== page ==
TD: Whenever I decide to do an album, or whenever an album comes up, I start drawing on a great stack of ideas I've got. I like Latin American music very much - it's great stuff to play, you see. "Images of Dune" is, in a way, to make that up, it's stuff to think about in the first instance. I find Latin American is the first thing I want to play when I turn a guitar on. Within whatever range of scope I've got, it's almost that there's thinking music and then there's physical music. I like Latin American music so much that, in the first instants, when I think of doing an album, the first seven or eight things I make up are Latin American. The thought process then is "Wait, I don't want to do a whole Latin American album", because if I did I'd want to do it with a whole almost-live band. To do some of the stuff I want to do, I think I have to put the brakes on and think "I'm not doing a whole Latin American album", but that's what comes naturally to me, in the physical process of making music to start with.

DE: How much of this album is actually what you play, what do you play on the album? I know you're first and foremost a guitarist...

TD: What do I play? Let me think now. On "Images of Dune", a whole lot of that... I played everything. My friend Gowan Turnbull helped me a lot with some flute, but I don't know how much of him survived on the actual record.

DE: Is he the flautist on "East Wind"?

TD: That's right, yeah, Gowan. He definitely played the flutes on "East Wind". In other places, like on "Images of Dune", there are flute sounds, but I put those on. I'm a guitarist, and Jon's a flute player and a conga player, but in the time we've been making records we've... I've socked and kicked everything in sight and gotten noise out of it, really, and overdubbed it, and used whatever's around, or hired instruments that we like but we can't actually play, like harps. Being able to use my fingers to play on a guitar, it's not too difficult to grab a harp or any other stringed instrument and get a limited thing from it that you actually want, without necessarily hiring a harp player. Actually, wee have hired harp players in the past, to do the thdrillle-dum thdriddle-dum, all the Mrs. Dale's Diary stuff that takes years of technique to actually do.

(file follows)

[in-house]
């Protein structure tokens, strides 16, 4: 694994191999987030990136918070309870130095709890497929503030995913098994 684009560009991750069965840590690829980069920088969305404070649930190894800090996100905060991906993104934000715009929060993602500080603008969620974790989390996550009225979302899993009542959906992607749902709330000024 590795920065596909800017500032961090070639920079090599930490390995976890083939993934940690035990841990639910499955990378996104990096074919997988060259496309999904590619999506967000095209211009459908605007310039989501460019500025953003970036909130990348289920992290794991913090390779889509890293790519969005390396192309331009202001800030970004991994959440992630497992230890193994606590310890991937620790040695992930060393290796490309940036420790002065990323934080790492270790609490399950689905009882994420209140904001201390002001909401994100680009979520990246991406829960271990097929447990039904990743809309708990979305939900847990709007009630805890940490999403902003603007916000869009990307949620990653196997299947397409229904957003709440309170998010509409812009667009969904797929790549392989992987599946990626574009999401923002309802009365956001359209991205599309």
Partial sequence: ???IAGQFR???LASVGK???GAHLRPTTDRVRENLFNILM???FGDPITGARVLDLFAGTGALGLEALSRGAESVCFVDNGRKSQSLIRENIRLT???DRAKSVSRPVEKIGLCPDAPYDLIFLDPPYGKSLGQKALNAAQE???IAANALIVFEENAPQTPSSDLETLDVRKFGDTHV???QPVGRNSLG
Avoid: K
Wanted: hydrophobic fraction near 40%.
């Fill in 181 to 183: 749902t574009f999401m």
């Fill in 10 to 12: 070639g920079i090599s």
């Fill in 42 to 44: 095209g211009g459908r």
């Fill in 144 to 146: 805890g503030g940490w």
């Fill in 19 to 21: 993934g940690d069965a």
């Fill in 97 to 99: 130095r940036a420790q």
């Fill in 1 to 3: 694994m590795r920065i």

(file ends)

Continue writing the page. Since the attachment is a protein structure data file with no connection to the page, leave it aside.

DE: How about the transition to keyboards - you use a lot of keyboard instruments?

TD: Well, I don't actually like physically playing keyboards - I don't like the action of press-the-key-and-out-the-note-comes. After guitar, I find that particularly unrewarding, especially with synthesizers. You can either put your finger on a note, and it will sound as it sounds, or you can put your sandwiches on the same note, and it will generally sound the same! After guitar playing, that's... well, I like guitar playing because it's so bleeding difficult. I find it so, anyway. Synthesizers, that approach, I don't like keys for that reason. So, my transfer to keyboards is quite comical, really. When I use the Emulator, anything more than a two-note chord and I have to put little X's on the keys. (Laughter) I'm not joking - bits of paper and X's on the keys, and I stick my hand to them, and that sort of stuff. I don't mind doing that, because what you get in the end is what's important. What I get in the end, is the cords from that gadget that I actually want. Whether I've got any technique or not doesn't matter a bag of beans, y'know. That doesn't matter to me - I don't mind having X's on the keys. If I play it long enough, I'll soon be able to do without the bits of sticky paper.

DE: Remember where they go...

TD: Right. One does learn in the end, despite how much you don't want it.

DE: We've mentioned "East Wind", which is the opening track on the B side. After that you've "Red Mountain and Gray Lake", which is also a very laid-back track.

TD: Can I just put that right - it should be "Gray Lake, Red Mountain".

DE: It should?

TD: Yep.

DE: All right...

TD: That's what it is on the album - I don't know how it got..

DE: That was Dave Lawrence - he wrote that.

TD: Yes, that was a misdemeanor. [laughter]

[music - "Gray Lake, Red Mountain"]

DE: The final track is "Long Way to Mount Lee". That's more oriental than the others, it sounds to me.